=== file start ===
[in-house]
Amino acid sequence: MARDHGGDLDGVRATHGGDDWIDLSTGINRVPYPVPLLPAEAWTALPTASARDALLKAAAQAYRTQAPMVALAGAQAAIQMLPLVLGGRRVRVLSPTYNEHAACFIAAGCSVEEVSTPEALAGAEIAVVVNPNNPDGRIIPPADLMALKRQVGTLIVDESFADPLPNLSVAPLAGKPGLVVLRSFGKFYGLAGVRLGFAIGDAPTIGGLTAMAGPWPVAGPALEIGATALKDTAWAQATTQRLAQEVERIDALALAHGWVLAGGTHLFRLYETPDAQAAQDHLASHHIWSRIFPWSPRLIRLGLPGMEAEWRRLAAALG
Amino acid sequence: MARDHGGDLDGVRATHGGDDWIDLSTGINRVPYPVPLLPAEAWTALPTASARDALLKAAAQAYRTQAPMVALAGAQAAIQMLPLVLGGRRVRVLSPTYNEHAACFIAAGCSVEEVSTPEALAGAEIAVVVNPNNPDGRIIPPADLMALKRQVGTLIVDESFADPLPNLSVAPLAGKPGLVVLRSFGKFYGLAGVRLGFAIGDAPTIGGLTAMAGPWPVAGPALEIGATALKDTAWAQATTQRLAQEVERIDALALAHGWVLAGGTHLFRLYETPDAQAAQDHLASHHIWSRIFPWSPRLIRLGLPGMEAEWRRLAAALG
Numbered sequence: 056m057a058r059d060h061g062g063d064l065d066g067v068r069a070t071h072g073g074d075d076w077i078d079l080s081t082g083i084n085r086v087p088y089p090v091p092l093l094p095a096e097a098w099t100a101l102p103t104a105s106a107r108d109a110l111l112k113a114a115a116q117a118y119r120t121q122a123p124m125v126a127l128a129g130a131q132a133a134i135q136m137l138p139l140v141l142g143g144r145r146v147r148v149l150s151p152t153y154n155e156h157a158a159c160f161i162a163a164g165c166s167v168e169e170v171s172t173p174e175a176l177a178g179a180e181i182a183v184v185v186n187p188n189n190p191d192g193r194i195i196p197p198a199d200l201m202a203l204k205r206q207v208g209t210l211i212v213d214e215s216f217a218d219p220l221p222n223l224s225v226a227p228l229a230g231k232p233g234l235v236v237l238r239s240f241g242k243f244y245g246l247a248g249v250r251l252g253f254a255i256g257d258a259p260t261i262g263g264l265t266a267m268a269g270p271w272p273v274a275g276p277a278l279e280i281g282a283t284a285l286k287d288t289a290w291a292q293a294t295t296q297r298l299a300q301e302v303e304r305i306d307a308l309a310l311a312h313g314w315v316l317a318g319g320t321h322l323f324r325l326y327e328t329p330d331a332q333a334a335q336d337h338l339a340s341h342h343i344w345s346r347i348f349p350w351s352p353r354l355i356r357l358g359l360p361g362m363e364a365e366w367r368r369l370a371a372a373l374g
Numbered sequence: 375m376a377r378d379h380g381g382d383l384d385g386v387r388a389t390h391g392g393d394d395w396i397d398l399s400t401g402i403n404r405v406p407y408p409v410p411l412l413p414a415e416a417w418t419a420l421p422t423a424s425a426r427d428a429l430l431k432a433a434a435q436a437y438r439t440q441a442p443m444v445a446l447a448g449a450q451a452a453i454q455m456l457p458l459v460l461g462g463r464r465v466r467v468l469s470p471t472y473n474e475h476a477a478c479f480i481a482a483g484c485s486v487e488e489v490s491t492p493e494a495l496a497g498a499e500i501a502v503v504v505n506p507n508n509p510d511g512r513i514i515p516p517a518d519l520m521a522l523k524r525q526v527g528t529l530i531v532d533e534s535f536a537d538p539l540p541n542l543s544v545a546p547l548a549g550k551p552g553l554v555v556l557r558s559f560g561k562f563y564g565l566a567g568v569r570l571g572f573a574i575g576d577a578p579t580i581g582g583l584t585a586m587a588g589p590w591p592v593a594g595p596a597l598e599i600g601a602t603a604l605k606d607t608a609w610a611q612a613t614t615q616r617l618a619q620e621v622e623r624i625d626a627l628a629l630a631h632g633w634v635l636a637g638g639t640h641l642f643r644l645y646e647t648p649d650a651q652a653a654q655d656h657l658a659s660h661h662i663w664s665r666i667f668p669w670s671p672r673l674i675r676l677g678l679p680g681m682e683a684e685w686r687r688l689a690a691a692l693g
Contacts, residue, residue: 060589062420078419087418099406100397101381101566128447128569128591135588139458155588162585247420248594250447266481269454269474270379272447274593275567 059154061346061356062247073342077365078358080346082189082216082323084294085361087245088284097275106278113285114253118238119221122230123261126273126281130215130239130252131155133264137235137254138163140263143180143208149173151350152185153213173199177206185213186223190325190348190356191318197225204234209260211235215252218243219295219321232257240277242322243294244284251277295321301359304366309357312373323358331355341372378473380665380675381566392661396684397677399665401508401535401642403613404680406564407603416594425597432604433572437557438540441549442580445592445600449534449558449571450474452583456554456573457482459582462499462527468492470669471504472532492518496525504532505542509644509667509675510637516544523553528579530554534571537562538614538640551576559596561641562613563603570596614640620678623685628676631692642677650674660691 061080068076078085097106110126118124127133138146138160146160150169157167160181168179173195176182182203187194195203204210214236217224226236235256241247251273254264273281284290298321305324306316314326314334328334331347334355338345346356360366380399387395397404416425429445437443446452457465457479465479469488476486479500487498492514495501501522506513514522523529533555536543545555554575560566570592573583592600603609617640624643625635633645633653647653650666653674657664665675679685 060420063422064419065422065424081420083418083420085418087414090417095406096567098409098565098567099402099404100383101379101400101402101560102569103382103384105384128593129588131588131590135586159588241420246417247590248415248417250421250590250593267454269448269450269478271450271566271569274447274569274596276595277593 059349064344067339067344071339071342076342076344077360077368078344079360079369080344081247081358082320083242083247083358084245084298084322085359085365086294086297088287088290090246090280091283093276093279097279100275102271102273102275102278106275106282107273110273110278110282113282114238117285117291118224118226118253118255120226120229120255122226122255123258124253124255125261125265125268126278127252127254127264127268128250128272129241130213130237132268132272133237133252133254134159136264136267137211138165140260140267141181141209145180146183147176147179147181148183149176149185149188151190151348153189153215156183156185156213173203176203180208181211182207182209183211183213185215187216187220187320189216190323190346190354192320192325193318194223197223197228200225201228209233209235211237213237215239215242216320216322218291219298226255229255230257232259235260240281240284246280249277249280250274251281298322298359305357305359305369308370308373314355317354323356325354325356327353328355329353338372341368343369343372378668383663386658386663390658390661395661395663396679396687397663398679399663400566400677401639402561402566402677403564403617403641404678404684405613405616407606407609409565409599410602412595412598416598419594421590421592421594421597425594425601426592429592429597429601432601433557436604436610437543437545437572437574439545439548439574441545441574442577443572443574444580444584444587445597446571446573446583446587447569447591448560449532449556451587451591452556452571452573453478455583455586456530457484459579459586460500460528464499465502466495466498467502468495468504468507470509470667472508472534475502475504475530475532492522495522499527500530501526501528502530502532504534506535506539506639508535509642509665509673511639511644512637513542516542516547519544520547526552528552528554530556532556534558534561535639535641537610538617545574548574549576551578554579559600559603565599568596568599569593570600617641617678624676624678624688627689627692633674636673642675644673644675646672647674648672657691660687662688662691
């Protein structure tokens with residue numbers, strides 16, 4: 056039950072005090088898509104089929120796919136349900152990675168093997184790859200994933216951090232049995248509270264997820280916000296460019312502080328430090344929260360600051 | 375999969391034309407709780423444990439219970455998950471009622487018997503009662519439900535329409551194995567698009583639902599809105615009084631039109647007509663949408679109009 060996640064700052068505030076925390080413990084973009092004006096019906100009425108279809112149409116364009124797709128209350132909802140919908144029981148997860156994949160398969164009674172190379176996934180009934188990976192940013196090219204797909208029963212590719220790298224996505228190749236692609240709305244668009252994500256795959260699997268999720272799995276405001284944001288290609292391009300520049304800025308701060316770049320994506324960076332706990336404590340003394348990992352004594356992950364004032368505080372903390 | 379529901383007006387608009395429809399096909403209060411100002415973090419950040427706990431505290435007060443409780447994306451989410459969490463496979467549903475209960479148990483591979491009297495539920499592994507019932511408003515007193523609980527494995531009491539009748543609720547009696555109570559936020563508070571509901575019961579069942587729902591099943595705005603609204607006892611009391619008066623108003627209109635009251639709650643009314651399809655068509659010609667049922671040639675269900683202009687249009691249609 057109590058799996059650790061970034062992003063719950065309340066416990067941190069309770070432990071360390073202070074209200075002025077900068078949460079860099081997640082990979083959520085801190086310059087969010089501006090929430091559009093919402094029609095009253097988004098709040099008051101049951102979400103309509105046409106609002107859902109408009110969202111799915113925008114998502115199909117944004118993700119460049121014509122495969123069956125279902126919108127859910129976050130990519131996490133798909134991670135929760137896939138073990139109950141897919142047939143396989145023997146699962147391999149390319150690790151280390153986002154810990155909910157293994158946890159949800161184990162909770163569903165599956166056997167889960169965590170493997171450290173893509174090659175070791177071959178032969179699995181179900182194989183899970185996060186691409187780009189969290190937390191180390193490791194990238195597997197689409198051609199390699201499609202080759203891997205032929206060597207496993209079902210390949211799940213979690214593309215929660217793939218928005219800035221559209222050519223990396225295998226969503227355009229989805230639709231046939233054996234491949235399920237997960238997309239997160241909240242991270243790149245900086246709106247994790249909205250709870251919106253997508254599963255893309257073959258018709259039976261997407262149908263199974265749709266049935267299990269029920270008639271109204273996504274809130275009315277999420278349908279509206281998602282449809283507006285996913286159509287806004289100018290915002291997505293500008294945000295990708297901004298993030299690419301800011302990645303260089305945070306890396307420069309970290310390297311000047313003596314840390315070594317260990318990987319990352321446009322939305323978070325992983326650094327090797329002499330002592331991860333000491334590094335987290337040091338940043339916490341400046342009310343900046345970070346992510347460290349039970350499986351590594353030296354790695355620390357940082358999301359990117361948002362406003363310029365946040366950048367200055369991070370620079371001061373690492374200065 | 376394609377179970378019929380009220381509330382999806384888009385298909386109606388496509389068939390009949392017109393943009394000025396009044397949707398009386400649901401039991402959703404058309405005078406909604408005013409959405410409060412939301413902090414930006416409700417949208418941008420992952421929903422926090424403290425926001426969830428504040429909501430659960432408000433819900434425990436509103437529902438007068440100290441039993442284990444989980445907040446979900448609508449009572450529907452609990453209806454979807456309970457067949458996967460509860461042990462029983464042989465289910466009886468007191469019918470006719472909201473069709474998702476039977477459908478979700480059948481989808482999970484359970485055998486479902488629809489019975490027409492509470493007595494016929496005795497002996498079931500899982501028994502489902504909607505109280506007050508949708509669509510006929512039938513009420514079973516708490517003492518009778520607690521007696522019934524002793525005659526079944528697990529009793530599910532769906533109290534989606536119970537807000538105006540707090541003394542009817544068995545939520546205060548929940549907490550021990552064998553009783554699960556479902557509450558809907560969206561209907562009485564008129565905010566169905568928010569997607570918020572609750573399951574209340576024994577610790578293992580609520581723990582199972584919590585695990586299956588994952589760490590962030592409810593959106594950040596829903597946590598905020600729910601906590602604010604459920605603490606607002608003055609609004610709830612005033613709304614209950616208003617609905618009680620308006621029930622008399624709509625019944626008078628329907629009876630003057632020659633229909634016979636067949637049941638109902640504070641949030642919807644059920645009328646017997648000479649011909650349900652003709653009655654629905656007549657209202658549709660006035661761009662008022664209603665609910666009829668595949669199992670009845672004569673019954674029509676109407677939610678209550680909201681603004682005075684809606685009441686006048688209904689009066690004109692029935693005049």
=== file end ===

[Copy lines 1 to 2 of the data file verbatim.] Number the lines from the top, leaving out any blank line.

[in-house]
Amino acid sequence: MARDHGGDLDGVRATHGGDDWIDLSTGINRVPYPVPLLPAEAWTALPTASARDALLKAAAQAYRTQAPMVALAGAQAAIQMLPLVLGGRRVRVLSPTYNEHAACFIAAGCSVEEVSTPEALAGAEIAVVVNPNNPDGRIIPPADLMALKRQVGTLIVDESFADPLPNLSVAPLAGKPGLVVLRSFGKFYGLAGVRLGFAIGDAPTIGGLTAMAGPWPVAGPALEIGATALKDTAWAQATTQRLAQEVERIDALALAHGWVLAGGTHLFRLYETPDAQAAQDHLASHHIWSRIFPWSPRLIRLGLPGMEAEWRRLAAALG